Given the primacy of seed for agricultural sector resilience and growth, development actors are eager to address seed needs in the wake of conflict. Yet, too little is known about how to tailor those investments in a way consistent with long-term seed market development. For instance:
- How do you facilitate access to quality seed for farmers in emergency settings in a way that reinforces — rather than disrupts — the private market for seed?
- What are the initial priorities in establishing a legal and regulatory framework — a national seed policy, a variety catalog, or plant breeders’ rights?
- Where do you start when the seed inspectors do not even reliably receive salaries, and when laboratory and cold storage equipment has been destroyed?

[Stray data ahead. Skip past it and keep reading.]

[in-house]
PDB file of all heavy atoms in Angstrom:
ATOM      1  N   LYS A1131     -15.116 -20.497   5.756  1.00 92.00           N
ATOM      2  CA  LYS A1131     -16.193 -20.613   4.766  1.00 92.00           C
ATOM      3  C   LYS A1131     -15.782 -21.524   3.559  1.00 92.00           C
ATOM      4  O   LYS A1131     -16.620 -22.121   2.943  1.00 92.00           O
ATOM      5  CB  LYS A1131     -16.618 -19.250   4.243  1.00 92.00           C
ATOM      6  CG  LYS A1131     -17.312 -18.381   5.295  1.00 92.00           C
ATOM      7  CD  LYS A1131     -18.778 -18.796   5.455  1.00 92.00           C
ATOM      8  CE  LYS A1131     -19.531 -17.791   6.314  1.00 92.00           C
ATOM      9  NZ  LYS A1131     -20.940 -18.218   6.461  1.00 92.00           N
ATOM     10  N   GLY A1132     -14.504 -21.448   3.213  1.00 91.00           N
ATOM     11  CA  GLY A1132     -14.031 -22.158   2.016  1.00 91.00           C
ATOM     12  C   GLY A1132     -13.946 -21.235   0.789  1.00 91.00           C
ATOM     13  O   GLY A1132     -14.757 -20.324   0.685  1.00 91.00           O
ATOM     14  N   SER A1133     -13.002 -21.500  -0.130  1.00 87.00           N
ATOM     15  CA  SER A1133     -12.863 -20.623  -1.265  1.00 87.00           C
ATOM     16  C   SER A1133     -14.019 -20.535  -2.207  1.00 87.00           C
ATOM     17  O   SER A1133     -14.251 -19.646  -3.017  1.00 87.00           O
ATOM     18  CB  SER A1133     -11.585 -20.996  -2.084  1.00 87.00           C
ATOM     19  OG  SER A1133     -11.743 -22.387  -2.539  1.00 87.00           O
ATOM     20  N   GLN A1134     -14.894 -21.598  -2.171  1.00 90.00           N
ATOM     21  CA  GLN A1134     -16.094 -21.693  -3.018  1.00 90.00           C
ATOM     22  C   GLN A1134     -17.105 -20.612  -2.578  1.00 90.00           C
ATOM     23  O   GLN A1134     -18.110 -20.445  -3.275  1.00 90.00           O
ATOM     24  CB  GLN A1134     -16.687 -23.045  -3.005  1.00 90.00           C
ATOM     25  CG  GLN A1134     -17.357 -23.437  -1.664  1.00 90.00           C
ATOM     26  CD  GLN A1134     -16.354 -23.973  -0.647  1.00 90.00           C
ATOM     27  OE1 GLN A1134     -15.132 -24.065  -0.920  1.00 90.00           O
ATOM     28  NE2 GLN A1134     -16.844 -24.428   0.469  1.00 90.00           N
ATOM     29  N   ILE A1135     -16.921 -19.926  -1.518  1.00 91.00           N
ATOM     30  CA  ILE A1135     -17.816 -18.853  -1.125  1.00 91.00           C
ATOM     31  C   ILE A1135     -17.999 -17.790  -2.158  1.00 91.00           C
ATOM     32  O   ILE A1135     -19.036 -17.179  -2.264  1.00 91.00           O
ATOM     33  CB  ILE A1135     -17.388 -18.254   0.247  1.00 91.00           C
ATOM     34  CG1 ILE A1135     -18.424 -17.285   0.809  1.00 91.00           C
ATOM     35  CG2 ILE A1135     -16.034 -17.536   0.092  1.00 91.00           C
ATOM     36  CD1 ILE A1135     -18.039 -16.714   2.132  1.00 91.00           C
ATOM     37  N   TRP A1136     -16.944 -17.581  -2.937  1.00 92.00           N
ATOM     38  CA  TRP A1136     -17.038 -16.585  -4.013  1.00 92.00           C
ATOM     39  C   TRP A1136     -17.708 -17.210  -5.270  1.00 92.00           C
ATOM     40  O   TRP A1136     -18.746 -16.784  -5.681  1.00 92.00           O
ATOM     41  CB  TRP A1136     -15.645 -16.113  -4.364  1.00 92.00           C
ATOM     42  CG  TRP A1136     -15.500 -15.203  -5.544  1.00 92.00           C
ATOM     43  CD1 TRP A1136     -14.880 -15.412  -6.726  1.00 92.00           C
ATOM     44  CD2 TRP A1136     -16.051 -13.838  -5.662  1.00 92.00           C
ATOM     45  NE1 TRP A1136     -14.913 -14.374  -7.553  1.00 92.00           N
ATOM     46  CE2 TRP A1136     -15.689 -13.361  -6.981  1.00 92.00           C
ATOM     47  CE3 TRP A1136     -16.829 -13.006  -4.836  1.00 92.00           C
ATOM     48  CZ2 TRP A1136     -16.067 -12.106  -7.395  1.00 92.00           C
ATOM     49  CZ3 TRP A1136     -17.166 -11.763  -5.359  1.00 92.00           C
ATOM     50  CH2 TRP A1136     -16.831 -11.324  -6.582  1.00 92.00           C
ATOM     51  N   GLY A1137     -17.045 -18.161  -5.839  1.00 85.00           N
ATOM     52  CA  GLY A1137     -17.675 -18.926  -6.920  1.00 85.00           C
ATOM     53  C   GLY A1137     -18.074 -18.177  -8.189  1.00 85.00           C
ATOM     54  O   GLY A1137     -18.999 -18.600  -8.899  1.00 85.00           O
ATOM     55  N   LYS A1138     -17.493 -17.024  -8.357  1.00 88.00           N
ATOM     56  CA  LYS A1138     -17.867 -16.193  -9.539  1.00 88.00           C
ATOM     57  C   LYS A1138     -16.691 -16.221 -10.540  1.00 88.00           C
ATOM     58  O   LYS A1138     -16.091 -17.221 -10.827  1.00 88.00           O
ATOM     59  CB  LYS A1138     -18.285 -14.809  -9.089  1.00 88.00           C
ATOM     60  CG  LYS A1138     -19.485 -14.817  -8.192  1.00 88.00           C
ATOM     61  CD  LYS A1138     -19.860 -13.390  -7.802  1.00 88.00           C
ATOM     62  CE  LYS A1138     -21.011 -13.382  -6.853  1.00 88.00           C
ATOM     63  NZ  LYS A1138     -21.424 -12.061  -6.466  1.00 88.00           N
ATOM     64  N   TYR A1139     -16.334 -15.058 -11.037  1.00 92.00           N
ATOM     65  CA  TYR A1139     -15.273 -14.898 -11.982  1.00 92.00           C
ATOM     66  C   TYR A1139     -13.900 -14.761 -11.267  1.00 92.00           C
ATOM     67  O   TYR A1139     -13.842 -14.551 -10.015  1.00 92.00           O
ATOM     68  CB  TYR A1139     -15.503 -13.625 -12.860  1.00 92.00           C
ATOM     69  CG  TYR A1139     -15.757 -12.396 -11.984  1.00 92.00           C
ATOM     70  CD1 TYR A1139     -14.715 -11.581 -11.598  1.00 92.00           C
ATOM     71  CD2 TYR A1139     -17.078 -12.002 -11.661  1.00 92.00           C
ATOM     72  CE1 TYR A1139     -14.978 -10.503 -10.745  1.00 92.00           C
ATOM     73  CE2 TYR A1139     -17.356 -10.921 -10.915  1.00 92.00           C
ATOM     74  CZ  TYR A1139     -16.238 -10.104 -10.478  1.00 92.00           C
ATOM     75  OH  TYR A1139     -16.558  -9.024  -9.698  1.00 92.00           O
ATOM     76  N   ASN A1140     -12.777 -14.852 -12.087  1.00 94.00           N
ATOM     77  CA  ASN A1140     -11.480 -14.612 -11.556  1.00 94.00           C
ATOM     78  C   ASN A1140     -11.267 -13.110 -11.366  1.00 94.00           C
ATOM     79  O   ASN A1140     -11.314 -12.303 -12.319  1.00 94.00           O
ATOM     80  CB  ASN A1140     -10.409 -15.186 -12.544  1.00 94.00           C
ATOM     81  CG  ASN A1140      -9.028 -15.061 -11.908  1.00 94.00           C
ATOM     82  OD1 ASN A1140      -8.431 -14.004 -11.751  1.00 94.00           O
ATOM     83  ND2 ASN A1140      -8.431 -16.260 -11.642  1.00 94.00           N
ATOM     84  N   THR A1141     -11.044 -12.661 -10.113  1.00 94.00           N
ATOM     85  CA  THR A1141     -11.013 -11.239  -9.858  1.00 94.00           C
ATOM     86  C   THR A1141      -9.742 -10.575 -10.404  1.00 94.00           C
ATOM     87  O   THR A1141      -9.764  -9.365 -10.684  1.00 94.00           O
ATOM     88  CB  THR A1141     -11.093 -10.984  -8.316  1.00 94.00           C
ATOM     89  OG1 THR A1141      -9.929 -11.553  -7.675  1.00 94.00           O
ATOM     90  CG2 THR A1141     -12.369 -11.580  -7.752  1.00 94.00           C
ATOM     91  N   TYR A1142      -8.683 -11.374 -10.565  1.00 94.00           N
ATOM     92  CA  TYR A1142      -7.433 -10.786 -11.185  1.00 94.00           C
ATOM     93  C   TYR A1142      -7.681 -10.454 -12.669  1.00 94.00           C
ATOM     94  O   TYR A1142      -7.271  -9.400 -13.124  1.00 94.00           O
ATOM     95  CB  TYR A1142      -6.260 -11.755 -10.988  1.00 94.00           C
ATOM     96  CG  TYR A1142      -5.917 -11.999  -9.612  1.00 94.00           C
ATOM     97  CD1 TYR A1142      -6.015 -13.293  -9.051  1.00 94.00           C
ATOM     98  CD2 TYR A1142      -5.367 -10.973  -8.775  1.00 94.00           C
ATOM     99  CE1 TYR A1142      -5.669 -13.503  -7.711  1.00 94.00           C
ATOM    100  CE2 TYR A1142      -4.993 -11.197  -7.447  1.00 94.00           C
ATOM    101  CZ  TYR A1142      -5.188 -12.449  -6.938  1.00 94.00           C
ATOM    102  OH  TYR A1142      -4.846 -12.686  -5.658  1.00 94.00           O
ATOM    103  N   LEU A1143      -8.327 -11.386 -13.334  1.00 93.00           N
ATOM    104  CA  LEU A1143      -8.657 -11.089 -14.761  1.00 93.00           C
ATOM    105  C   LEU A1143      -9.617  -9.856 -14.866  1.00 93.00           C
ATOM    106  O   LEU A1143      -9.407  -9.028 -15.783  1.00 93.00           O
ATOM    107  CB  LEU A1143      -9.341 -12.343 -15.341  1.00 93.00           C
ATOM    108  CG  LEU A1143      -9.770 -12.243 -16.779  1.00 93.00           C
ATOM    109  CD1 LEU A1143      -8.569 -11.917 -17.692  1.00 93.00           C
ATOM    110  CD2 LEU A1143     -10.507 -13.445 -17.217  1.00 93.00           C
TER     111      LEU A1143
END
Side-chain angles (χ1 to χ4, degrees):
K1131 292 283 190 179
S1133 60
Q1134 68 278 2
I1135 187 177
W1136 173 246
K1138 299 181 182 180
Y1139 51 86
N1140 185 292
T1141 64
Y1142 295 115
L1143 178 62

All too often in fragile contexts, attempts to merge the competing goals of private sector engagement and emergency relief result in a confusing environment that can lead to unintended consequences, including long-term donor dependence, disincentives for private investment, and a pervasiveness of low-quality genetic material available to farmers.
EEFS’ recent SeedCLIR study of eastern DRC examined the enabling environment for seed system development in six provinces across eastern DRC, where conflict and disease have displaced thousands of people, disrupted agricultural markets, and destroyed government and private sector institutions. The study employed the SeedCLIR framework, which is designed to evaluate the level of maturity of the enabling environment for seed and pinpoint investments appropriately tailored to the stage of development of the seed system.
The resulting roadmap provides a long-term strategy for phased, coordinated government and donor engagement on seed issues that takes into account the stark realities of the context in each province. While the findings and recommendations of the report are comprehensive and locally specific, we are able to distill the following key learning themes for supporting seed market system development in fragile contexts.